World War I American Veterans Centennial Commemorative Coin Act Introduced

by Mike Unser on March 2, 2012 · 5 comments

Legislation

New legislation introduced in the US House of Representatives calls for a competition-designed commemorative coin celebrating the centennial of America’s entrance into World War I.

Named the World War I American Veterans Centennial Commemorative Coin Act and numbered H.R. 4107, the bill seeks up to 350,000 $1 silver coins in year 2017. The United States entered World War I by declaring war against Germany on April 6, 1917.

"While other great conflicts, including the Civil War, World War II, the Korean War, and the Vietnam War, have all been memorialized on United States commemorative coins, there currently exists no coin to honor the brave veterans of World War I," the legislation states.

Introduced by Rep. Doug Lamborn [R-CO5] on Wednesday, February 29, the bill offers a unique approach in creating designs for a 100th Anniversary World War I silver dollar. Instead of design candidates drawn up by U.S. Mint artists that are then reviewed, H.R. 4107 would authorize a design competition with the winner selected by an expert jury chaired by the U.S. Treasury Secretary and consisting of 3 members from the Citizens Coinage Advisory Committee (CCAC). This is similar to the language within the recent House-passed National Baseball Hall of Fame Commemorative Coin Act.

Each commemorative coin would be minted in uncirculated and proof qualities and composed of 90% silver and 10% copper. These are typical requirements of modern commemoratives, as are the specifications of each having a weight of 26.73 grams, diameter of 1.5 inches and inscriptions of ‘Liberty’, ‘In God We Trust’, ‘United States of America’, and ‘E Pluribus Unum’. H.R. 4107 specifically states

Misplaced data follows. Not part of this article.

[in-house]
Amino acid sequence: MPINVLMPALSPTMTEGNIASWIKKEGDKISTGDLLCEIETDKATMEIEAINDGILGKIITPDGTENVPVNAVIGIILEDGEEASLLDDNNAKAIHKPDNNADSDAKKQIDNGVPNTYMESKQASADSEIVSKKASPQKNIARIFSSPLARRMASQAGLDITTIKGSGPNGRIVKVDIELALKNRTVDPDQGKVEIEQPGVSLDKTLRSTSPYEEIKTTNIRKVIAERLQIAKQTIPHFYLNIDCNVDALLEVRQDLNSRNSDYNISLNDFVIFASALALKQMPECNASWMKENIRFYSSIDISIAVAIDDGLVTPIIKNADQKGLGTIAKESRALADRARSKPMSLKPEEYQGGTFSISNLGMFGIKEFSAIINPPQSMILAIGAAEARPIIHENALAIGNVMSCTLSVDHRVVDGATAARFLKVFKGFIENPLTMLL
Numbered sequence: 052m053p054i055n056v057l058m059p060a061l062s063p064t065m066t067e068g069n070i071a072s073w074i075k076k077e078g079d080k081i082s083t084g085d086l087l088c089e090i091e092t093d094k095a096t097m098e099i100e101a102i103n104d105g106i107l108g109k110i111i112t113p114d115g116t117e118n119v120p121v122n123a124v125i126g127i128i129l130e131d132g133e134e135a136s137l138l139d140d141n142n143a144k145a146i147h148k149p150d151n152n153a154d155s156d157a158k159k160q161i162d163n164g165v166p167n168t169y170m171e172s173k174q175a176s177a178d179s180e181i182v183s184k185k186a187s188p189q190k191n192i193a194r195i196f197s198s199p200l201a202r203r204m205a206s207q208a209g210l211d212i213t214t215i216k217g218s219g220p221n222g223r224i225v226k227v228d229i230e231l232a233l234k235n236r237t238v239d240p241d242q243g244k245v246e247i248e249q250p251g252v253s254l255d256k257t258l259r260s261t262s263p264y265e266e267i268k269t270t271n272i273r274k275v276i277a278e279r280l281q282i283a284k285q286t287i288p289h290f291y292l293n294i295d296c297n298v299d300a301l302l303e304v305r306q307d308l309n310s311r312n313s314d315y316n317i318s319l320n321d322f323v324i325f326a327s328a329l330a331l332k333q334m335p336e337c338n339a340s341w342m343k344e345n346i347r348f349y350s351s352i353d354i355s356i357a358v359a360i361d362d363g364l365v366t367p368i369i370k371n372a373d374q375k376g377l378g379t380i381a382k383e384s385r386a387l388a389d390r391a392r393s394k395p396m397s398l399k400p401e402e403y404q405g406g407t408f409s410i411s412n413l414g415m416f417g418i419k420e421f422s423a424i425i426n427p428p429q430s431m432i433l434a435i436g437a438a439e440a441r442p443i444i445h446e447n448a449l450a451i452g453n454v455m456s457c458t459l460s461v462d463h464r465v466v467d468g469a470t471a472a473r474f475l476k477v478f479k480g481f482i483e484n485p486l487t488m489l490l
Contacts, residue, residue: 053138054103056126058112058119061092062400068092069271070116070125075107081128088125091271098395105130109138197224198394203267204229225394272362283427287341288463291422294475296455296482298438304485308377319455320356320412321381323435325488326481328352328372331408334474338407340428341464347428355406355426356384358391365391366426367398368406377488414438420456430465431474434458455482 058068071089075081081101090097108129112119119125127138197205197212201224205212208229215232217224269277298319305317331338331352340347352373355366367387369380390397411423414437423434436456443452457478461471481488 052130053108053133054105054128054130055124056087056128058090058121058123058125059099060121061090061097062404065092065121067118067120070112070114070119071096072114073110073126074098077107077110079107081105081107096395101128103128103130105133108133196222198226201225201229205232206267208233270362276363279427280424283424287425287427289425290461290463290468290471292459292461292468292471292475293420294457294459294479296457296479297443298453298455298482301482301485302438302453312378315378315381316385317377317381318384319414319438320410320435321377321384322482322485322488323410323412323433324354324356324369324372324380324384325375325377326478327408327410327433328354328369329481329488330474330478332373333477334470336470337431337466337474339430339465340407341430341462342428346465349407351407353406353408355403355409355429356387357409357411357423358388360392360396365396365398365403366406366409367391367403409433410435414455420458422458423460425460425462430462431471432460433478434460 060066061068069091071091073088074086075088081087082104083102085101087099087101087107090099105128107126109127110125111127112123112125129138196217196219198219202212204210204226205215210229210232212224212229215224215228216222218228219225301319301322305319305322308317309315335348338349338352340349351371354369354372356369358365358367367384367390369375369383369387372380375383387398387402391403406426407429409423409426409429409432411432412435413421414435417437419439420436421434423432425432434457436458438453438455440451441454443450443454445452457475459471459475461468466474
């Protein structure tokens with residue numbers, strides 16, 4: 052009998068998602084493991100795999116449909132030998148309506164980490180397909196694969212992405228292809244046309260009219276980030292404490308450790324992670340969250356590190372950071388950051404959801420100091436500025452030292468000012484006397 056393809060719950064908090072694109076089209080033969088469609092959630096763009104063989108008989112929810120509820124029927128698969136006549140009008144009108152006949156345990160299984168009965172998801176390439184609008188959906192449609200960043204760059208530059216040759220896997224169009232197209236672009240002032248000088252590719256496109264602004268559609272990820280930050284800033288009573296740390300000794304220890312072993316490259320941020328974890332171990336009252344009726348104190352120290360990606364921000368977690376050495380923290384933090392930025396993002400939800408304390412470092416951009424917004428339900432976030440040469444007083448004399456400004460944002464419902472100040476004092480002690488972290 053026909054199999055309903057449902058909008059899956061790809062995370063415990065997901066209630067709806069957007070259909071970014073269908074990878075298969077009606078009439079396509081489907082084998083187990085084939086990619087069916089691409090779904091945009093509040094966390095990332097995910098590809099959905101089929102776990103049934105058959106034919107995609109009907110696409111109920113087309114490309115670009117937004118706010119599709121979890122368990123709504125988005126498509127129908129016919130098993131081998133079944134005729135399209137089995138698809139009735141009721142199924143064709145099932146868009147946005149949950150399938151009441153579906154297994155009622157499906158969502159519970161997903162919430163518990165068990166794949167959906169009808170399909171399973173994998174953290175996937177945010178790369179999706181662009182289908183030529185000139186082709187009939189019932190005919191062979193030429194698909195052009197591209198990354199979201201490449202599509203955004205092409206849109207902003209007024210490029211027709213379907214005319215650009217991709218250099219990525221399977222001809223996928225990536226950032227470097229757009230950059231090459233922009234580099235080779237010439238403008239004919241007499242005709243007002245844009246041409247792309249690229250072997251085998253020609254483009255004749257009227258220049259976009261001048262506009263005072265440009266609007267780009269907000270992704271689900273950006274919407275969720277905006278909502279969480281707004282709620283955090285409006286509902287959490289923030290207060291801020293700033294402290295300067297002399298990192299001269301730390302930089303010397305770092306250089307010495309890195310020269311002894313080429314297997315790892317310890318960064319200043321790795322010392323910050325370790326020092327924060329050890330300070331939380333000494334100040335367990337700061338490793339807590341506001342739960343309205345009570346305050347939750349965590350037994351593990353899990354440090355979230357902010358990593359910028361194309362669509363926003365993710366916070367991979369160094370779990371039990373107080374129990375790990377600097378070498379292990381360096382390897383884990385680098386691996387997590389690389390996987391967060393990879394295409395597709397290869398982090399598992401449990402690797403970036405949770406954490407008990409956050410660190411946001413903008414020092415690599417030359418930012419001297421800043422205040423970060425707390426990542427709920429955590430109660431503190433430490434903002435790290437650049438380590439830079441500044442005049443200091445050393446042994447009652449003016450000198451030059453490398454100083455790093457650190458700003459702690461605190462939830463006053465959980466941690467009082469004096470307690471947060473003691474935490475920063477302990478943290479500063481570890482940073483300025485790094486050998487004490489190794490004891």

The silver dollars would be sold for one calendar year with January 1, 2017 the earliest possible release date. Each coin sold would include a surcharge of $10 paid to the World War I Memorial Foundation (www.wwimemorial.org) whose stated mission is to advocate and raise funds for the restoration and re-dedication of the DC War Memorial as a national World War I Memorial.

"The DC War Memorial is located on the Mall in Washington near the national World War II, Korean War and Vietnam War memorials. Re-dedication of the DC War Memorial as a national memorial would complete the quartet of memorials to Americans who served in the four great conflicts of the 20th century," states the World War I Memorial Foundation website.

Frank Buckles was an honorary chairman of the World War I Memorial Foundation. He was the last surviving American veteran of World War I, dying on February 27, 2011.

For the World War I American Veterans Centennial Commemorative Coin Act to become law, it must pass in the House, Senate and get signed by the President of the United States. H.R. 4107 currently has 5 cosponsors and has been referred to the House Committee on Financial Services.

{ 5 comments… read them below or add one }

george glazener March 2, 2012 at 9:30 am

AWESOME….AWESOME…..AWESOME…!!!!!
NOW THERE’S AN EVENT THAT NEEDS COMMEMORATING..!!
GOD BLESS OUR VETERANS…!!

jim March 3, 2012 at 11:05 am

I would rather see the end of the war celebrated and commemorated not the beginning. Of course with the duplication in commemoratives lately they’ll probably put in another bill to commemorate the end of the war too.

Vachon March 3, 2012 at 4:43 pm

I miss the days when Congress actually performed its Constitutional duty by declaring war.

pattylam March 3, 2012 at 8:01 pm

should add mega size silver coin (1 kilo, 5oz, or 1lb )

Munzen March 7, 2012 at 9:55 am

It’s certainly far more worthy than a football commemorative.

But while commemoratives are interesting, IMHO they’re being pushed because they’re profit-makers more than anything else. They’re also a diversion from the need to redesign / reform circulating coinage. Pennies that cost almost 2 cents, halves and dollar coins sitting in vaults while we drown in quarters and $1 bills – something’s outta whack here.

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